25 years later, no guarantee Dream Team would take down today’s NBA stars

Who's ready for a dose of nationalistic and hoops-related blasphemy? Tuesday marked the 25th anniversary of the Dream Team winning the basketball gold medal for the U.S. at the 1992 Olympics in Barcelona — a first-of-its-kind conglomerate of the NBA's biggest names, led by Michael Jordan and the faded superstar duo of Magic Johnson and Larry Bird. A quarter of a century later, I honestly believe you could put together a current 12-man squad that would have beaten that legendary team, which also featured centers David Robinson and Patrick Ewing, forwards Charles Barkley, Karl Malone, Scottie Pippen and Chris Mullin, guards John Stockton and Clyde Drexler, and one-of-these-things-is-not-like-the-others college star Christian Laettner. It was an awesome spectacle, to be sure, with the Dream Team winning its games by an average score of 43.8 points per game after the traditional U.S. team comprised of amateur/collegiate players disappointingly came home with the bronze in 1988. But let's face it, the international competition then wasn't nearly what it has evolved into over the past two decades — albeit largely influenced by that group's world-wide popularity and impact. And some of the '92 Americans clearly were at the end of their basketball ropes that summer, particularly Magic, who had just revealed the previous year that he was HIV-positive, and Bird, who retired from the sport that year due to chronic back woes. Now, this is a departure for me since I readily admit that I'm often a member of the "get off my lawn" crowd in these instances. After all, the first rule of sports comparisons usually calls for those in the older generation to dismiss any attempt to suggest a current player is better than what we remember when we were younger and more impressionable. Of course, this also is this kind of flawed and silly logic that dismisses the wondrous Mike Trout as having no chance to ever be considered as Continue Reading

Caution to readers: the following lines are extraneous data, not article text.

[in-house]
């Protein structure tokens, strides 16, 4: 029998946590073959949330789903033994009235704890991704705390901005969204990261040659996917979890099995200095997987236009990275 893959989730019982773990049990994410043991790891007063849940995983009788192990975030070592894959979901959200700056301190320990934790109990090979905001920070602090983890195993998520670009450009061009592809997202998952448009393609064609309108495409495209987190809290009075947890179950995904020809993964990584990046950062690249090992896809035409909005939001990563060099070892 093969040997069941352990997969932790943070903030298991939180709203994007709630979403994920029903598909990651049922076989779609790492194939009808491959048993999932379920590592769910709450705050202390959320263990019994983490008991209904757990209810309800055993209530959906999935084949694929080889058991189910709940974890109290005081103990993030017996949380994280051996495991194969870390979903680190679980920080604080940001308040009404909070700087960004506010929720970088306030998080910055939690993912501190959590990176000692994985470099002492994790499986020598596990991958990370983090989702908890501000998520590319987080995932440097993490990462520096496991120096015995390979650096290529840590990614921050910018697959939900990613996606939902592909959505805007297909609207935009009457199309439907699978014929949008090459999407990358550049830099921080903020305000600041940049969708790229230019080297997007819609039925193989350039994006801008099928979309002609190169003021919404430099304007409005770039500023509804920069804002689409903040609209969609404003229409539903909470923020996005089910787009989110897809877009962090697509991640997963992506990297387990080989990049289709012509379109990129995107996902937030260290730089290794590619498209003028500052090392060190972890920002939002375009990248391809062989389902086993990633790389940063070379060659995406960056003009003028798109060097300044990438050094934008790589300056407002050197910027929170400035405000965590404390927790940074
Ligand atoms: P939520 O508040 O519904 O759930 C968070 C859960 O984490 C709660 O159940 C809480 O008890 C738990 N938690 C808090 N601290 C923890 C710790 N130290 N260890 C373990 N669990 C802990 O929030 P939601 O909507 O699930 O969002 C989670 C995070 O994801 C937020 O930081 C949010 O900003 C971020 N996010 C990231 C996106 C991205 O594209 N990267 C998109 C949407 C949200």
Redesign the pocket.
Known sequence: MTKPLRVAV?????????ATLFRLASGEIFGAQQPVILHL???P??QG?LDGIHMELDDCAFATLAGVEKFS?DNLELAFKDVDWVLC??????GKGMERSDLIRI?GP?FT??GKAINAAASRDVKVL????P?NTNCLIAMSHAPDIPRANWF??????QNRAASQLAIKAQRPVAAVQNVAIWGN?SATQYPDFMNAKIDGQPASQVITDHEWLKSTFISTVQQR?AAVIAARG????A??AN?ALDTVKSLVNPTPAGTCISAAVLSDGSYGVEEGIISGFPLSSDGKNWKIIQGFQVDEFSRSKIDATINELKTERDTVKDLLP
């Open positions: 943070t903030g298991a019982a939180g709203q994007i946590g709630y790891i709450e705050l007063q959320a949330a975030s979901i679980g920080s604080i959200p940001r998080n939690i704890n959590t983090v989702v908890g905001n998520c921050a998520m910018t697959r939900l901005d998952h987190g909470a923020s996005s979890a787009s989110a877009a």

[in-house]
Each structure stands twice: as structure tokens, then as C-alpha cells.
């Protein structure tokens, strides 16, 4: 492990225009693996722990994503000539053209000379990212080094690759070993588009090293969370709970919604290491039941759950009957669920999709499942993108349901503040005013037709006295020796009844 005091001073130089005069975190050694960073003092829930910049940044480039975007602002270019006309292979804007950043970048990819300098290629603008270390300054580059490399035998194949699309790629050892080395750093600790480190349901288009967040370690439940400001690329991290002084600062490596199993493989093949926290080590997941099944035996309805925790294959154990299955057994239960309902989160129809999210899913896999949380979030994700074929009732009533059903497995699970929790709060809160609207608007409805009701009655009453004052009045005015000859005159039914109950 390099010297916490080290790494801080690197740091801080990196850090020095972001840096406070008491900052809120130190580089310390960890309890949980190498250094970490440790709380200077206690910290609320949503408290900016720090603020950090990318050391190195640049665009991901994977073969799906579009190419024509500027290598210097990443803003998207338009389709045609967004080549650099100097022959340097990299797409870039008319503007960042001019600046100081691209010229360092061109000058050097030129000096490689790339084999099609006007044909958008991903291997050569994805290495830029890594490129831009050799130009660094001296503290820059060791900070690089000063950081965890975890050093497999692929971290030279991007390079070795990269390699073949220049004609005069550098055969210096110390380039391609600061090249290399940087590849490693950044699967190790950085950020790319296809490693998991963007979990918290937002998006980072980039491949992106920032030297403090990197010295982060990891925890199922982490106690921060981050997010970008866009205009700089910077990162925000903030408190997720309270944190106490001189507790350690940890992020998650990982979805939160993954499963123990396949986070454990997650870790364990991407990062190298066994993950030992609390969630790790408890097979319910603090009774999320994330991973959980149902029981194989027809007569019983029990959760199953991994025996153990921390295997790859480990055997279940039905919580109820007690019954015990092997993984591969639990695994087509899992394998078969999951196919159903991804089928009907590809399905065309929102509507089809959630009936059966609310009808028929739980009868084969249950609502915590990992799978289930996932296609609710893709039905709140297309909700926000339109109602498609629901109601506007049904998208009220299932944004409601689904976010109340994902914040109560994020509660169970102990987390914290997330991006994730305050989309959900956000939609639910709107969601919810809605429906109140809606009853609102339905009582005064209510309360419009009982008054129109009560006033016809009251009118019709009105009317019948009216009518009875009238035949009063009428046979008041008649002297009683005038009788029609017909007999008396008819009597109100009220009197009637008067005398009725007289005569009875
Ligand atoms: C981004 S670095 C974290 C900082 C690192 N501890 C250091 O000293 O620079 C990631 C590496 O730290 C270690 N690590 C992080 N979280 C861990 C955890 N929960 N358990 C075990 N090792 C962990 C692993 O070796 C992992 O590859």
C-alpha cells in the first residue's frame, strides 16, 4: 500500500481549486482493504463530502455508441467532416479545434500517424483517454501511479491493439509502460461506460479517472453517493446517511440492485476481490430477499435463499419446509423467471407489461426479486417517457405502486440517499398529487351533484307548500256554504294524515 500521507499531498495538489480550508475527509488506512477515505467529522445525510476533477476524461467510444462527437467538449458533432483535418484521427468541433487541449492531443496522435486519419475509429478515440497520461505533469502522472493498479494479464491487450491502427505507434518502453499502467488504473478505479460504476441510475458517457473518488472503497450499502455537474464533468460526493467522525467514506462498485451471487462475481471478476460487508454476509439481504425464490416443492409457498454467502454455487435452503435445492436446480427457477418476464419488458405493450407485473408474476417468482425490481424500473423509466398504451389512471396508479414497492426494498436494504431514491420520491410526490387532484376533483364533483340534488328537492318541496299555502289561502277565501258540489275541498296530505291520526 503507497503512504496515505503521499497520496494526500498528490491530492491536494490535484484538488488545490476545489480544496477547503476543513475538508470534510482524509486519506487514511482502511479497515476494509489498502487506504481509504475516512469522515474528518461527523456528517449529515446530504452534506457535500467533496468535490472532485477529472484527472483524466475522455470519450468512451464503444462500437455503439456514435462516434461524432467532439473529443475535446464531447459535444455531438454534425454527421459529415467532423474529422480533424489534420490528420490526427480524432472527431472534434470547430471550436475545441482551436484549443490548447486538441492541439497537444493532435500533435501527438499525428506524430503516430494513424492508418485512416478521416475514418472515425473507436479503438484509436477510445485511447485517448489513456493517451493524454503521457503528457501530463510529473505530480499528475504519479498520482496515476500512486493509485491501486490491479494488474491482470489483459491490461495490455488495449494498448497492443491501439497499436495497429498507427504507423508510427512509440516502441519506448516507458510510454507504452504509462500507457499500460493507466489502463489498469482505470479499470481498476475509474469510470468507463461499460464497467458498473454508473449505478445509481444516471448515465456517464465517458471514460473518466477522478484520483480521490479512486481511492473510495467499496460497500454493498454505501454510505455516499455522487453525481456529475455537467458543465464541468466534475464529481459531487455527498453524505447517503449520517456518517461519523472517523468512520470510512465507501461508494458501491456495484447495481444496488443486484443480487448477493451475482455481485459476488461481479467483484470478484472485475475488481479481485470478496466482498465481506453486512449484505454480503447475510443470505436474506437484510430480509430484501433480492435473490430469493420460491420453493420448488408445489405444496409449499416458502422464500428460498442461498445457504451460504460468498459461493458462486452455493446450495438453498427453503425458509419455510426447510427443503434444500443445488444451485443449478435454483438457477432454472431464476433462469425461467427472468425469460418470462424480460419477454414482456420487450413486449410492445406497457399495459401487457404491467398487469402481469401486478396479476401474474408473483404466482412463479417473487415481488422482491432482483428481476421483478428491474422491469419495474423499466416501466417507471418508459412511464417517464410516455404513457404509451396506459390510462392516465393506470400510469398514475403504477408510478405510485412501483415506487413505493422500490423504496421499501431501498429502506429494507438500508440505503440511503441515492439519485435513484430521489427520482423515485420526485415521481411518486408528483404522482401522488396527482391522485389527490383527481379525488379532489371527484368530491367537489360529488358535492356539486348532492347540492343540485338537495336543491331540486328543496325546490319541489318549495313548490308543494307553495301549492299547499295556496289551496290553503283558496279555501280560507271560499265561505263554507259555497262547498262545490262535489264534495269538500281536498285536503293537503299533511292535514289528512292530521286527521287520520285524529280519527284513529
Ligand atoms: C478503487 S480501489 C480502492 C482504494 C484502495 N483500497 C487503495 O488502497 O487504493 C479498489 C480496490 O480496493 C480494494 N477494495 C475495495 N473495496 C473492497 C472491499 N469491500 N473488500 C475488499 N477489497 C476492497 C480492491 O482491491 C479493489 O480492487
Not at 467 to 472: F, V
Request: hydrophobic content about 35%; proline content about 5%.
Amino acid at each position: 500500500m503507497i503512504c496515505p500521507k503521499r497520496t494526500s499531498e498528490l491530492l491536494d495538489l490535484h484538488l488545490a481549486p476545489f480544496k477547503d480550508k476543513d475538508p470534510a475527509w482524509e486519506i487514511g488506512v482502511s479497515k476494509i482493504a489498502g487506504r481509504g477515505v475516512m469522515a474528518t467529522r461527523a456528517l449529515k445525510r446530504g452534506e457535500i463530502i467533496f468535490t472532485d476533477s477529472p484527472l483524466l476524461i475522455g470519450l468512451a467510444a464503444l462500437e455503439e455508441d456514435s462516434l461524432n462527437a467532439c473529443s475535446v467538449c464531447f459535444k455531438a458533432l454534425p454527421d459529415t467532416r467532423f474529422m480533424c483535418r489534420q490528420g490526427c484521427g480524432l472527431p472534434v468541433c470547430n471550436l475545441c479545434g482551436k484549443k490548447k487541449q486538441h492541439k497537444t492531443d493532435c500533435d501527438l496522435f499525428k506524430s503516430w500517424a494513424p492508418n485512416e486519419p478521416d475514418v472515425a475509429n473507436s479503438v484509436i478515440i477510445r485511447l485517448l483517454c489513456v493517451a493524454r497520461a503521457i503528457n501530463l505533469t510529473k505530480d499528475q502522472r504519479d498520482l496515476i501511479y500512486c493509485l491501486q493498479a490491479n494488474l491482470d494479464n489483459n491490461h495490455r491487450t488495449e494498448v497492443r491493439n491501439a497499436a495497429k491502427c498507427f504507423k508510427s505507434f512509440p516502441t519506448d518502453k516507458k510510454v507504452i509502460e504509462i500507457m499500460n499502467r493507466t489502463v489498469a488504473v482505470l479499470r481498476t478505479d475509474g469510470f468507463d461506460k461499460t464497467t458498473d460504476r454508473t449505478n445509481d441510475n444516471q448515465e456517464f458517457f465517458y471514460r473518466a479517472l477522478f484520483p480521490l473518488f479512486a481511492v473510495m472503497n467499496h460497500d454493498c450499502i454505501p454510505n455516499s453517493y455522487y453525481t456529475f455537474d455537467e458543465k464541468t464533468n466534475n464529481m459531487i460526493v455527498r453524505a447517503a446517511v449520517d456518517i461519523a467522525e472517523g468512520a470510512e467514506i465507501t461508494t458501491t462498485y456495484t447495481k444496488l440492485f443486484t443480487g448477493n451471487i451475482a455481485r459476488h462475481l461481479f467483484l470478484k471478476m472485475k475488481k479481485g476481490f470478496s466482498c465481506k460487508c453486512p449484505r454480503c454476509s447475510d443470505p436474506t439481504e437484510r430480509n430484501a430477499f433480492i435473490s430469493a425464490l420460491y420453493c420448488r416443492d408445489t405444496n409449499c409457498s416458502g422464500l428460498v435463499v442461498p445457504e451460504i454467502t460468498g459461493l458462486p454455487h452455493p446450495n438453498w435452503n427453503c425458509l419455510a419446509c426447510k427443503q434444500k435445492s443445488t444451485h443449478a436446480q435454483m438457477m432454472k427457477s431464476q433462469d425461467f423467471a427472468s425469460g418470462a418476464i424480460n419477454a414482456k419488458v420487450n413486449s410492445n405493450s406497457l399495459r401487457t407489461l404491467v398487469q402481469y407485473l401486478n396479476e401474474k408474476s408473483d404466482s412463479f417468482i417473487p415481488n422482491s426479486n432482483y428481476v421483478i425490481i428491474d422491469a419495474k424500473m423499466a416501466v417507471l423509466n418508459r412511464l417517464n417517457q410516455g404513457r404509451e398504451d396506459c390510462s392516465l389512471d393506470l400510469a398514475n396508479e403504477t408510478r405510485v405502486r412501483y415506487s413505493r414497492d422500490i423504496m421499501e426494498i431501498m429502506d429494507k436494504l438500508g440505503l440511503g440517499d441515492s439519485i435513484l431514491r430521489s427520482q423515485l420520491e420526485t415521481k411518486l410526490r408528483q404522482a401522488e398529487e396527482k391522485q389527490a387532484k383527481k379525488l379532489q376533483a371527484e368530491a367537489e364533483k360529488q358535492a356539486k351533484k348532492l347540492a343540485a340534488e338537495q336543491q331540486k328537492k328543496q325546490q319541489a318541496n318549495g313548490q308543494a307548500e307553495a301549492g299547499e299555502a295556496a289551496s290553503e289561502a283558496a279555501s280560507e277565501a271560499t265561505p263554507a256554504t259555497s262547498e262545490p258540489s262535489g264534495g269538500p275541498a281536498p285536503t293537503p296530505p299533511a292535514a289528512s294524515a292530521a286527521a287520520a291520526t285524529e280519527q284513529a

Olympic Channel hits TVs Saturday, will air 1992 Dream Team games in late August

NEW YORK — The Olympic Channel debuted online this past August, one day after the Closing Ceremony of the Rio Games, as a digital-only platform aimed at providing year-round coverage of Olympic sports while digging into the International Olympic Committee’s deep archive of past events.On Saturday, the channel will make its television debut. The network, also known as The Olympic Channel, will appear in 35 million homes nationwide with plans of passing 40 million households by the end of the year. As part of NBC’s overall coverage, the channel will team with the existing NBC Sports Network to provide round-the-clock exposure to both Olympic sports and the athletes involved, explained NBC Olympics president Gary Zenkel.“This Saturday is one of the most monumental evolutions that we’ll have,” said Olympics Channel general manager Mark Parkman. “In today’s age of cord-cutting and linear channels going away, I think this speaks very highly to NBC’s commitment.”As with its digital partner, the channel will partner original content — including coverage of live events and original programming — and the vast Olympic archive, “with a specific focus of engaging a younger audience outside the Olympic Games,” Zenkel said.“The priority is live sports,” added Jim Bell, the president of NBC Olympics Production and Programming.The launch marks the next phase of the long-term partnership between NBC, the IOC and the United States Olympic Committee, which re-signed a deal in 2014 that will run through 2032.“We’ve always had the championship season for Team USA with the Games,” said USOC chief marketing officer Lisa Baird. “We’ve never had the regular season. To me, the linear channel is the last piece we’ve been building to really show Americans what it takes to be an Olympic athlete.”Part of that “common vision,” as Zenkel said, is to Continue Reading

2012 USA basketball team heading to London Olympics is better than the 1992 Dream Team